By: Bethany Newton
View this virtual tour to see the splendor of the vintage beauty of this historic gem.
The House’s History
The Wyandotte Historical Museum, or better known as the Ford-MacNichol Family Home, was built in 1896. The owners were a couple by the names of Laura Blaine Ford and Dr. George Pope MacNichol. The house was built as a wedding present for the couple, as their family worked in the glass industry and was very wealthy. The couple only stayed in the home for around seven years and during that time had four children including one who was actually born in the home.
When the Ford-MacNichol family moved out of the house, they ended up moving to Toledo, where the majority of their family members lived. The Drennan family then moved into the house. Although the house today is named after the original owners, the Drennan family lived in the house the longest from 1903 to 1967. The Drennan family consisted of a husband and wife who had five girls, two of whom never got married and continued to live in the house until their deaths.
Today, the influence of the Drennan family can be seen throughout the house. The study where Mr. Drennan worked as a lawyer is shown in the museum, and multiple family portraits are hung randomly throughout the rooms. The museum also has a special exhibit just on the Drennan sisters in the attic of the house. The exhibits change periodically, but at the moment, you can learn about interesting facts like that Mary Drennan was a part of Wyandotte’s first women’s basketball team in 1899 or that Bernadette Drennan became a nun after graduating from Wyandotte High School.
When the house went up for sale in 1967, nothing became of it until a woman by the name of Yvonne Latta became interested in the property. Latta was a member of the Wyandotte Historical Society and was the first one who had the idea to turn the house into a museum. In 1978, the house was officially owned by the City of Wyandotte and was ready to embark on major renovations after being vacant for over ten years. Most of the items in the house today were donated, but certain pieces of furniture have been restored. One of those restored pieces is the desk in Mr. Drennan’s study.
The museum offers guided tours of the house Thursday through Sunday from 12:00 to 4:00 p.m. from April through the first week of January. On these tours, one can learn more about the time period when the house was built and how each of the rooms was used back then.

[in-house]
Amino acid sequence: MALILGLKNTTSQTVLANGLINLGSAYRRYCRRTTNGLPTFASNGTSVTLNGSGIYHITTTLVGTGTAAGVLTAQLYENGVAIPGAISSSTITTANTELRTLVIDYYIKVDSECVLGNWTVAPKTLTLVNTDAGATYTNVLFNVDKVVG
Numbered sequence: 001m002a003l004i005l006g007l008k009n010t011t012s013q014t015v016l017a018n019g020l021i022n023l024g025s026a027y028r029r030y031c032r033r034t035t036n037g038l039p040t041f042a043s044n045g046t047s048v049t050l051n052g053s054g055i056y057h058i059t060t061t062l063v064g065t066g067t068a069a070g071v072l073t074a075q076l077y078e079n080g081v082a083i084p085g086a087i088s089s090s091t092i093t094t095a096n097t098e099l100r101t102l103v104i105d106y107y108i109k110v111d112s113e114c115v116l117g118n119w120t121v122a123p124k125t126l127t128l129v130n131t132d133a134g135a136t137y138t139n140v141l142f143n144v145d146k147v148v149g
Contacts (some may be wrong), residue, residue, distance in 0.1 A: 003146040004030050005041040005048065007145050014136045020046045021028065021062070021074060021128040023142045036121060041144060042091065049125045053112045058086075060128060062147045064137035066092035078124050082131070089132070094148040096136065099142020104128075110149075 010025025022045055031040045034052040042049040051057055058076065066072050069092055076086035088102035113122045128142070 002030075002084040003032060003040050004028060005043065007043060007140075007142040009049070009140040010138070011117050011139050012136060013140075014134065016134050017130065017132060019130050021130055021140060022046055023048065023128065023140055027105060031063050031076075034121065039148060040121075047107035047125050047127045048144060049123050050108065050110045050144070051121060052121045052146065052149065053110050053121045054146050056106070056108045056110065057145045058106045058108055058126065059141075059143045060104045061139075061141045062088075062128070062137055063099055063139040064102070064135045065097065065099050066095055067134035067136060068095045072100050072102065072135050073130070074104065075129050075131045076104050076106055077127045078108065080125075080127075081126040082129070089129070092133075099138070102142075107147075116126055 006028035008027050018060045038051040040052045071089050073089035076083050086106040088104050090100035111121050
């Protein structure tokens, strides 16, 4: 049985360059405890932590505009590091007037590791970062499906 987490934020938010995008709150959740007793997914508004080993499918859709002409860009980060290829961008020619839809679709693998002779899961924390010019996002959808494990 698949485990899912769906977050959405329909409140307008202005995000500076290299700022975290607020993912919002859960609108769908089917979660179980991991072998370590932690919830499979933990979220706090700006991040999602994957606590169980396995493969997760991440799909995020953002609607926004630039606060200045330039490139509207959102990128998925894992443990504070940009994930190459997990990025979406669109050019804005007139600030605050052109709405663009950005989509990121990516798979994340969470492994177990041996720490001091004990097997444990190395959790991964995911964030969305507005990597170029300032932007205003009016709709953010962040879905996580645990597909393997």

When you tour the museum, you can see the stark contrast between the back kitchen and the front dining room, as the dining room was used for guests and the maids and household help used the kitchen. Upstairs, you can also clearly spot the difference between the families’ bedrooms and the maids’ rooms. When the house was first built, the family employed four maids, but only three lived in the house and handled all of the cleaning, cooking, and child-watching.
The Drennan family also had different rooms for different company. The music room was the unofficial informal parlor room, where the kids could hang out and the parents could relax. The official parlor room at the front of the house, however, was only for special guests. The children rarely went in this room, and at most it was only used a few times a year.
The house itself is just a typical model of a Victorian home. Every inch of the five-bedroom home is ornate and intricate. Although older homes are increasingly difficult to maintain, the Wyandotte Historical Society has done a splendid job to replicate and restore the home to its once perfect glory.
The basement layout is a dedicated to the history of Wyandotte as a community, expanding well outside of the former museum living quarters. Opening in 2013, the historical society has created an in-depth timeline of Wyandotte’s history that goes from the Native Americans to present day.
Wyandotte was first incorporated as a village in 1854, and then gained territory through means of annexing communities like South Detroit, Village of Glenwood and Ford City. Wyandotte grew by participating in industries, especially steel and shipbuilding. With a booming and growing industrial community, Wyandotte expanded quickly into the city known today.
Although the Ford-MacNichol house is the main part of the Wyandotte Museum, the historical society also keeps up the Marx Home and the Old Timer’s Log Cabin, which can be rented out for parties and large gatherings. Because of its beauty and history, the Ford-MacNichol home can also be rented out for weddings and photo sessions.